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Magnesium and Osteoarthritis - We can help!

February 20, 2020 3 min read

Magnesium & Osteoarthritis - We can help!

What is Osteoarthritis?

Osteoarthritis (OA) is a chronic, degenerative joint disorder currently affecting over 2.2 million Australians as of 20191. It is associated with pain, a reduced level of function and an impaired quality of life. OA begins to occur when the cartilage that overlies the ends of bones in joints begins to break down1. The pain that is experienced in OA is more complex than the explanation of “wear and tear” which is commonly blamed.

 Osteoarthritis and Pain

There are multiple pathways for ‘pain’ to develop for someone with OA. There is of course the ‘wear and tear’ aspect of OA, which can cause pain, mainly due to the narrowing of the affected joint space as a result of the cartilage breaking down. Peripheral and central sensitisation is also acknowledged to contribute to the overall clinical ‘pain’ picture. For a full summary on pain and how sensitisation can impact pain, visit our blog on acute vs chronic pain!


 A study by Skou and colleagues2 (2013) found that the difference in the maximum pain felt could be explained by the central nervous system spreading sensitisation to the affected area. The study went on to implicate that treating central pain components may be more important than previously acknowledged. Current pharmacological management of OA is unsatisfactory in this regard as it does not address the effects of sensitisation. A lot of major opioid usage, tryciclic anti-depressants, SSRI and anti-convulsants have major side effects.

The study by Neogi et al3 (2015) has proposed that sensitisation in knee OA may be due to several factors. The chronic inflammation associated with knee OA may increase the sensitivity of nociceptors (pain receptors) and spinal dorsal horn transmission (central sensitisation). In doing so, these alterations also contribute to the pain experience of someone living with OA.

 So how does Magnesium fit into the picture?

Magnesium has an anti-nociceptive4 effect by blocking a particular pain receptor known as NMDA. These receptors are located in the skin, the dorsal horn and the spinal cord5. Due to there being NMDA receptors in the skin, topical magnesium may be more specific to the site of pain compared to an oral type of magnesium. Furthermore, magnesium deficiency has also been linked as a risk factor for OA development and progression as a result of inflammation in the body. Veronese et al6 (2019) found that a higher magnesium level corresponded to an increase in mean cartilage thickness and volume, suggesting a potential role for magnesium in the prevention and treatment of Knee OA6.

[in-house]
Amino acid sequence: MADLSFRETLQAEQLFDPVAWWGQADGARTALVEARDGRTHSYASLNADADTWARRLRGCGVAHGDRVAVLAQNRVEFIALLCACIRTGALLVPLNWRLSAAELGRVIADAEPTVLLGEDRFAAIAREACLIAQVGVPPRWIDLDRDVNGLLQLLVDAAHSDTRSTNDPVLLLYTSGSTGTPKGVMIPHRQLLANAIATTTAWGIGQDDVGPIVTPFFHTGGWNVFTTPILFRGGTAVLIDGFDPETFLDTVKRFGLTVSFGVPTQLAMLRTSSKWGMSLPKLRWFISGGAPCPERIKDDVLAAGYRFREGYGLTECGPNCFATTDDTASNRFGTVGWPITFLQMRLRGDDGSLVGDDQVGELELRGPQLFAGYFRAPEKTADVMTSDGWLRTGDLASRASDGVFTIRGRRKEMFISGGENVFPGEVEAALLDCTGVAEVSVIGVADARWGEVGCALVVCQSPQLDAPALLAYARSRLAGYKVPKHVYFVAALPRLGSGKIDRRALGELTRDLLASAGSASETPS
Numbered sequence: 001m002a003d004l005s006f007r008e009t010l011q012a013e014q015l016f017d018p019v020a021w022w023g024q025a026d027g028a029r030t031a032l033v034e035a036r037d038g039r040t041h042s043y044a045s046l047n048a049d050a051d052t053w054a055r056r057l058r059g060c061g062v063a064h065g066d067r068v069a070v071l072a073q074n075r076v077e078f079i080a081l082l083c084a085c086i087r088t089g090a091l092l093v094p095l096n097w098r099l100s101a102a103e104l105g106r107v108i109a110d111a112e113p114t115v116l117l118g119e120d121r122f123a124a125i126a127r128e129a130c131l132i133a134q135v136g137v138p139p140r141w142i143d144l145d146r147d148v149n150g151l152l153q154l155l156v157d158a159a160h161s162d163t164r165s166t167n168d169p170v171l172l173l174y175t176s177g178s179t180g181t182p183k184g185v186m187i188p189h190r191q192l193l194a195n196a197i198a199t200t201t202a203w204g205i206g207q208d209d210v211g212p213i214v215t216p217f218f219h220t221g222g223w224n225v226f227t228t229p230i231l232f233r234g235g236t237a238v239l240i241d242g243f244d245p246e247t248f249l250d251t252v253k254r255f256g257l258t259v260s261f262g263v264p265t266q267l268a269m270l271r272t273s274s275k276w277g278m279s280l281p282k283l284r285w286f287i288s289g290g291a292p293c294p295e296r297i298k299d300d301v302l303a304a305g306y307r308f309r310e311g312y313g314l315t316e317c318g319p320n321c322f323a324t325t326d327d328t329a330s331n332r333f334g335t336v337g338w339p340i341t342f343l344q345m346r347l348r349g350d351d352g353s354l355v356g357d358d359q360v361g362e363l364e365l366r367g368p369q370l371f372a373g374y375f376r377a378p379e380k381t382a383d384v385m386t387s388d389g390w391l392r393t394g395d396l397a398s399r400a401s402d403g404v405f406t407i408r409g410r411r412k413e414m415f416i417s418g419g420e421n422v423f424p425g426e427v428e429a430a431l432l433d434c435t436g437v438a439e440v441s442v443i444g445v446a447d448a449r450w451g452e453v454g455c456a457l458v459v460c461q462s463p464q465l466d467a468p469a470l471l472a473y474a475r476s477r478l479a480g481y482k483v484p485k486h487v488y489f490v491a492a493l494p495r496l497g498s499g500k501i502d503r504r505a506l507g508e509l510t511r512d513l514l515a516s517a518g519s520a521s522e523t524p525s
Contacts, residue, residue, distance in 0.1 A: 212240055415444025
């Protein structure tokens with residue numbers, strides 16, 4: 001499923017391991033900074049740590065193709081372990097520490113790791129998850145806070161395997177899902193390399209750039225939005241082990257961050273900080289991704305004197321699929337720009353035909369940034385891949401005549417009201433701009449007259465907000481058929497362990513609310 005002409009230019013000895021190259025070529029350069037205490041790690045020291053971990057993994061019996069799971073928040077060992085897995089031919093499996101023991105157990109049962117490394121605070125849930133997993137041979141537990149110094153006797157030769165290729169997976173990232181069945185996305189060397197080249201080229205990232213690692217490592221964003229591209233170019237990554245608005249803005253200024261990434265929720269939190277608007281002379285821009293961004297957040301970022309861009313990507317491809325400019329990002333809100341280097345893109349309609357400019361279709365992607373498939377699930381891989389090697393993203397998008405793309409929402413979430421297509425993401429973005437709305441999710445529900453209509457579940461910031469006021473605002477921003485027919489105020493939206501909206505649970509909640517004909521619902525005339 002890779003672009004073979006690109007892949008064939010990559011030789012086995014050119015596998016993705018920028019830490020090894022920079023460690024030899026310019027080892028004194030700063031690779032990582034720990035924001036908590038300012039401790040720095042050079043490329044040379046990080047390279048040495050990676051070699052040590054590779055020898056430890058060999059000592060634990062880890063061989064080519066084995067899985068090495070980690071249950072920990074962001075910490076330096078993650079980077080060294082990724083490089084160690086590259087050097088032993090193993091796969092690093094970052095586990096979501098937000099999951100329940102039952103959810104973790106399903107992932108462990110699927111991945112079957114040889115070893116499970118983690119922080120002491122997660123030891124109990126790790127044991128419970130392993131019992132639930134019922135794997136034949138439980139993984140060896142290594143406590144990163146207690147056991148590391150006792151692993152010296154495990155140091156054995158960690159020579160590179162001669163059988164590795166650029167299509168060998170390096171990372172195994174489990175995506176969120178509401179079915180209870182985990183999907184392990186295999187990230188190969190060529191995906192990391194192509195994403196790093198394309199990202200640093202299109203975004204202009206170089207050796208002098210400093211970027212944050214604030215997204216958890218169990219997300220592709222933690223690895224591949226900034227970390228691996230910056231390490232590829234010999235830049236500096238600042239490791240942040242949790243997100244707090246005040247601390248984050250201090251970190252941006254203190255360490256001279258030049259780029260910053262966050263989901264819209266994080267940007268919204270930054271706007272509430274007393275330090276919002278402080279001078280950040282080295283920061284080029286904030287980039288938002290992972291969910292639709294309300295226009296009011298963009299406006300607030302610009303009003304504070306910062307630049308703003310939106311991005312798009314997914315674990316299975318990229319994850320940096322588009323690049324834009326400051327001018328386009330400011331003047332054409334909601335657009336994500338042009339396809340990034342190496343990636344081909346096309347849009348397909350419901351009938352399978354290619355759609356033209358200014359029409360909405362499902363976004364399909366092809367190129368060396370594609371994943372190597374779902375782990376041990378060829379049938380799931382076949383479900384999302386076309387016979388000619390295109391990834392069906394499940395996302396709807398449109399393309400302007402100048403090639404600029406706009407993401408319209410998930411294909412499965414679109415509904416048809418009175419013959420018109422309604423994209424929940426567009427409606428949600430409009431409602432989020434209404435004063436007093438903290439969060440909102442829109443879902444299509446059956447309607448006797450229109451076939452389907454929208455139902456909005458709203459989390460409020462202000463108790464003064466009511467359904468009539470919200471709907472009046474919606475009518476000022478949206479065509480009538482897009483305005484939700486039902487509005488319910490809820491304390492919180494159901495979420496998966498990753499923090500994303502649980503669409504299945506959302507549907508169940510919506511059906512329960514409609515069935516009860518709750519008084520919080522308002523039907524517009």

How Can ANH help relieve Osteoarthritic pain?

The ANH Magnesium gel and spray range are topical in nature, allowing for more targeted relief to a particular area of pain. Being a topical form of magnesium, it does not have the associated side effects of oral magnesium, as it does not pass through the digestive tract!

1 - https://www.aihw.gov.au/reports/chronic-musculoskeletal-conditions/osteoarthritis/contents/what-is-osteoarthritis

2- Skou, S., Graven-Nielsen, T., Lengsoe, L., Simonsen, O., Laursen, M., & Arendt-Nielsen, L. (2013). Relating clinical measures of pain with experimentally assessed pain mechanisms in patients with knee osteoarthritis. Scandinavian Journal of Pain, 4(2), 111–117. https://doi.org/10.1016/j.sjpain.2012.07.001

3 - Neogi, T., Frey-Law, L., Scholz, J., Niu, J., Arendt-Nielsen, L., Woolf, C., … Felson, D. (2015). Sensitivity and sensitisation in relation to pain severity in knee osteoarthritis: trait or state? Annals of the Rheumatic Diseases, 74(4), 682–688. https://doi.org/10.1136/annrheumdis-2013-204191

4 – Mark L. Mayer, Gary L. Westbrook, & Peter B. Guthrie. (1984). Voltage-dependent block by Mg2+ of NMDA responses in spinal cord neurones. Nature, 309(5965), 261–263. https://doi.org/10.1038/309261a0

5 - Tseng, C., Chia, Y., Liu, C., Feng, K., & Tan, P. (2017). The N-methyl-D-aspartate (NMDA) receptor in skin, dorsal root ganglion and spinal cord: an ideal target gene for RNA interference therapy for pain relief. Neuropsychiatry, 07(03). doi: 10.4172/neuropsychiatry.1000209

6 - Veronese, N., La Tegola, L., Caruso, M., Maggi, S., Guglielmi, G., & Veronese, N. (2019). The Association between Dietary Magnesium Intake and Magnetic Resonance Parameters for Knee Osteoarthritis. Nutrients, 11(6). https://doi.org/10.3390/nu11061387


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